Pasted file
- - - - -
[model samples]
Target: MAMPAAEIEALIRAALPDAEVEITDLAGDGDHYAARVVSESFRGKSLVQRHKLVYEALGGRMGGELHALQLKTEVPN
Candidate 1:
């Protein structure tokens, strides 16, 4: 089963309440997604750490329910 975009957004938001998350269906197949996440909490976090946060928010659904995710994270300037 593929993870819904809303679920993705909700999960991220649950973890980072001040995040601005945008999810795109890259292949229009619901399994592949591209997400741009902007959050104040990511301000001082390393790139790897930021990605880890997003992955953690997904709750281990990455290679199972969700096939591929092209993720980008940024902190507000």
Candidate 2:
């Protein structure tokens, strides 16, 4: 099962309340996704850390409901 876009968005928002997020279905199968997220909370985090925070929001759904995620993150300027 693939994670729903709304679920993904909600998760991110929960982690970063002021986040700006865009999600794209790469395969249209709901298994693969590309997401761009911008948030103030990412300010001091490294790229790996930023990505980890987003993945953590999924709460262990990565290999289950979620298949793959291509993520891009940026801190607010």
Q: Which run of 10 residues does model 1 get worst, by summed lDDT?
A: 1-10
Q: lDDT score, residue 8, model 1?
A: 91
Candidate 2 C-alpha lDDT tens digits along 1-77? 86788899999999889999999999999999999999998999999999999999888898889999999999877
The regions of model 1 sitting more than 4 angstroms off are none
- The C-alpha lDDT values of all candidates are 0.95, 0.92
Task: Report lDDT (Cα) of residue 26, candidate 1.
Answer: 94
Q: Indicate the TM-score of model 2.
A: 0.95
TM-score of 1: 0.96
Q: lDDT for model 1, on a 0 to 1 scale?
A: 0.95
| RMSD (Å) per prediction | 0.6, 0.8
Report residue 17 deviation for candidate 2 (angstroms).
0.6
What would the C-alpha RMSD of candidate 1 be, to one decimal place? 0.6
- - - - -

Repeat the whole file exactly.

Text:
[model samples]
Target: MAMPAAEIEALIRAALPDAEVEITDLAGDGDHYAARVVSESFRGKSLVQRHKLVYEALGGRMGGELHALQLKTEVPN
Candidate 1:
């Protein structure tokens, strides 16, 4: 089963309440997604750490329910 975009957004938001998350269906197949996440909490976090946060928010659904995710994270300037 593929993870819904809303679920993705909700999960991220649950973890980072001040995040601005945008999810795109890259292949229009619901399994592949591209997400741009902007959050104040990511301000001082390393790139790897930021990605880890997003992955953690997904709750281990990455290679199972969700096939591929092209993720980008940024902190507000």
Candidate 2:
């Protein structure tokens, strides 16, 4: 099962309340996704850390409901 876009968005928002997020279905199968997220909370985090925070929001759904995620993150300027 693939994670729903709304679920993904909600998760991110929960982690970063002021986040700006865009999600794209790469395969249209709901298994693969590309997401761009911008948030103030990412300010001091490294790229790996930023990505980890987003993945953590999924709460262990990565290999289950979620298949793959291509993520891009940026801190607010």
Q: Which run of 10 residues does model 1 get worst, by summed lDDT?
A: 1-10
Q: lDDT score, residue 8, model 1?
A: 91
Candidate 2 C-alpha lDDT tens digits along 1-77? 86788899999999889999999999999999999999998999999999999999888898889999999999877
The regions of model 1 sitting more than 4 angstroms off are none
- The C-alpha lDDT values of all candidates are 0.95, 0.92
Task: Report lDDT (Cα) of residue 26, candidate 1.
Answer: 94
Q: Indicate the TM-score of model 2.
A: 0.95
TM-score of 1: 0.96
Q: lDDT for model 1, on a 0 to 1 scale?
A: 0.95
| RMSD (Å) per prediction | 0.6, 0.8
Report residue 17 deviation for candidate 2 (angstroms).
0.6
What would the C-alpha RMSD of candidate 1 be, to one decimal place? 0.6